Prayers are personal – Donald Trump is sullying the practice with his loud, public calls for help

Quiet reflection is part of a process that can help make the world a fairer place, it should not be hijacked by men in power for personal gain

Janet Street-Porter
Friday 20 December 2019 21:29
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Christmas is the season for peace, love and goodwill – a time when we might actually pay a visit to a church, sing familiar carols and mumble a few prayers.

Praying isn’t something ordinary people talk about much, because – unless you are a committed loud and proud Christian – it seems a bit embarrassing. People are surprised when I (reluctantly) admit I pray, and believe in God. Like most people, I rarely go to church unless it is to admire the architecture. There’s so much I can’t stomach about the Church of England – the lack of support for married gay clergy, the well-meaning but ineffectual Archbishop of Canterbury with his mealy-mouthed concern for Prince Andrew and those twee curates stating the bleeding obvious on Radio 4’s Thought for the Day.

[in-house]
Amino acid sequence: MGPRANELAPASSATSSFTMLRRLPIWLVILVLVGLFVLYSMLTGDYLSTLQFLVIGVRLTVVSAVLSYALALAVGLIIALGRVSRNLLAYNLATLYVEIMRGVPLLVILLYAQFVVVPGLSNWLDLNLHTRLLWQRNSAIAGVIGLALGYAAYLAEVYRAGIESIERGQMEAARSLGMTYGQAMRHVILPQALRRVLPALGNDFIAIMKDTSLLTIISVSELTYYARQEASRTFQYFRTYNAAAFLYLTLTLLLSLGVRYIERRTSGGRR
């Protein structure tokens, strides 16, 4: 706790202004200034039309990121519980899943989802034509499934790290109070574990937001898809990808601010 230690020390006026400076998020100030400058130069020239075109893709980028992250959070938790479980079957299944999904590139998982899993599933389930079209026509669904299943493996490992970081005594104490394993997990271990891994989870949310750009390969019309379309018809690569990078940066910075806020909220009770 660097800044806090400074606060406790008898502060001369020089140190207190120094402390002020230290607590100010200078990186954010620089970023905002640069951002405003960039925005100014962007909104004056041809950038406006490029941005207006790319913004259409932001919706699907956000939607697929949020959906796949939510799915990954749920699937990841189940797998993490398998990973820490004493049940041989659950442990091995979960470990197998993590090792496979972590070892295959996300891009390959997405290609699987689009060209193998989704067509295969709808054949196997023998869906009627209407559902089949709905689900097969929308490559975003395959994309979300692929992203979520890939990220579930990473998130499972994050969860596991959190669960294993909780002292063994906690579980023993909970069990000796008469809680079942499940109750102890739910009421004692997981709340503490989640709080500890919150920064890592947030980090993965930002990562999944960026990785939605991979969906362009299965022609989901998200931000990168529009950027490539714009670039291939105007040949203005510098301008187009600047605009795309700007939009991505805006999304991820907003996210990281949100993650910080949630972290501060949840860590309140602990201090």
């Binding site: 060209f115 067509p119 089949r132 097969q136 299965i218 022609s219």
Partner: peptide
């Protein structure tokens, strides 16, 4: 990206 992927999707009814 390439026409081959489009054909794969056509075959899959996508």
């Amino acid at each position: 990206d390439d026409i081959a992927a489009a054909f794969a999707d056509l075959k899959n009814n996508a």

The act of praying is useful, no matter whatever your faith. Reciting a mantra, an old prayer or using a rosary is a special process, a way of calming yourself, stripping the day down to the essentials. The agenda is not something we need to reveal in detail, and when I pray I have no hope of any results. The point of prayer is to establish a dialogue, to put ourselves in someone else’s hands, and to accede to their will.

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